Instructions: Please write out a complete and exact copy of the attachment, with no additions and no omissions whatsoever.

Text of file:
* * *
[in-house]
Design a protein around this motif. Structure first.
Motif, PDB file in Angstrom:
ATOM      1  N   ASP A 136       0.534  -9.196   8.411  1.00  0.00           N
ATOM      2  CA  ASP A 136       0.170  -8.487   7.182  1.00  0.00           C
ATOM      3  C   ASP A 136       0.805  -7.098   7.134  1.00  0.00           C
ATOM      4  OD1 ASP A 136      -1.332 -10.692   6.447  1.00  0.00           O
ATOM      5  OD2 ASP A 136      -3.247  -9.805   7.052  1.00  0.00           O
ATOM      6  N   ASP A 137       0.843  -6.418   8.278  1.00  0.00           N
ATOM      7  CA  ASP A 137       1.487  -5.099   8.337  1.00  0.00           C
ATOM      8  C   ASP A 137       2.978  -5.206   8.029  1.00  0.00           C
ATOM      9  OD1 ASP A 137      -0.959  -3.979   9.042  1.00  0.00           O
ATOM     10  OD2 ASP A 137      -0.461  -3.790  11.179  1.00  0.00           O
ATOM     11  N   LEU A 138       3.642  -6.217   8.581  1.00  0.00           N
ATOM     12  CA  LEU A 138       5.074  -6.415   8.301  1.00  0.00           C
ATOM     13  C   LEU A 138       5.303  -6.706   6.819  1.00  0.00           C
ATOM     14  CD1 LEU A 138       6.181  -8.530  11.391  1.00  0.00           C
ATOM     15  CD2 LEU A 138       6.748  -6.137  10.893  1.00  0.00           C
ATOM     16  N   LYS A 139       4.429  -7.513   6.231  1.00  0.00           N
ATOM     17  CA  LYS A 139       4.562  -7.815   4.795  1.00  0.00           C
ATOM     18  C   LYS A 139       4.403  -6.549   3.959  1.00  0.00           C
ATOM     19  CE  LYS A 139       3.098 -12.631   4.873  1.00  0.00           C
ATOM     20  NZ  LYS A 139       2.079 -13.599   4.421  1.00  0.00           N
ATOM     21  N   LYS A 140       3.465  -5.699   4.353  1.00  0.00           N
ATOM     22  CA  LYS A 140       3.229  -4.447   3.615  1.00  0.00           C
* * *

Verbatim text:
[in-house]
Design a protein around this motif. Structure first.
Motif, PDB file in Angstrom:
ATOM      1  N   ASP A 136       0.534  -9.196   8.411  1.00  0.00           N
ATOM      2  CA  ASP A 136       0.170  -8.487   7.182  1.00  0.00           C
ATOM      3  C   ASP A 136       0.805  -7.098   7.134  1.00  0.00           C
ATOM      4  OD1 ASP A 136      -1.332 -10.692   6.447  1.00  0.00           O
ATOM      5  OD2 ASP A 136      -3.247  -9.805   7.052  1.00  0.00           O
ATOM      6  N   ASP A 137       0.843  -6.418   8.278  1.00  0.00           N
ATOM      7  CA  ASP A 137       1.487  -5.099   8.337  1.00  0.00           C
ATOM      8  C   ASP A 137       2.978  -5.206   8.029  1.00  0.00           C
ATOM      9  OD1 ASP A 137      -0.959  -3.979   9.042  1.00  0.00           O
ATOM     10  OD2 ASP A 137      -0.461  -3.790  11.179  1.00  0.00           O
ATOM     11  N   LEU A 138       3.642  -6.217   8.581  1.00  0.00           N
ATOM     12  CA  LEU A 138       5.074  -6.415   8.301  1.00  0.00           C
ATOM     13  C   LEU A 138       5.303  -6.706   6.819  1.00  0.00           C
ATOM     14  CD1 LEU A 138       6.181  -8.530  11.391  1.00  0.00           C
ATOM     15  CD2 LEU A 138       6.748  -6.137  10.893  1.00  0.00           C
ATOM     16  N   LYS A 139       4.429  -7.513   6.231  1.00  0.00           N
ATOM     17  CA  LYS A 139       4.562  -7.815   4.795  1.00  0.00           C
ATOM     18  C   LYS A 139       4.403  -6.549   3.959  1.00  0.00           C
ATOM     19  CE  LYS A 139       3.098 -12.631   4.873  1.00  0.00           C
ATOM     20  NZ  LYS A 139       2.079 -13.599   4.421  1.00  0.00           N
ATOM     21  N   LYS A 140       3.465  -5.699   4.353  1.00  0.00           N
ATOM     22  CA  LYS A 140       3.229  -4.447   3.615  1.00  0.00           C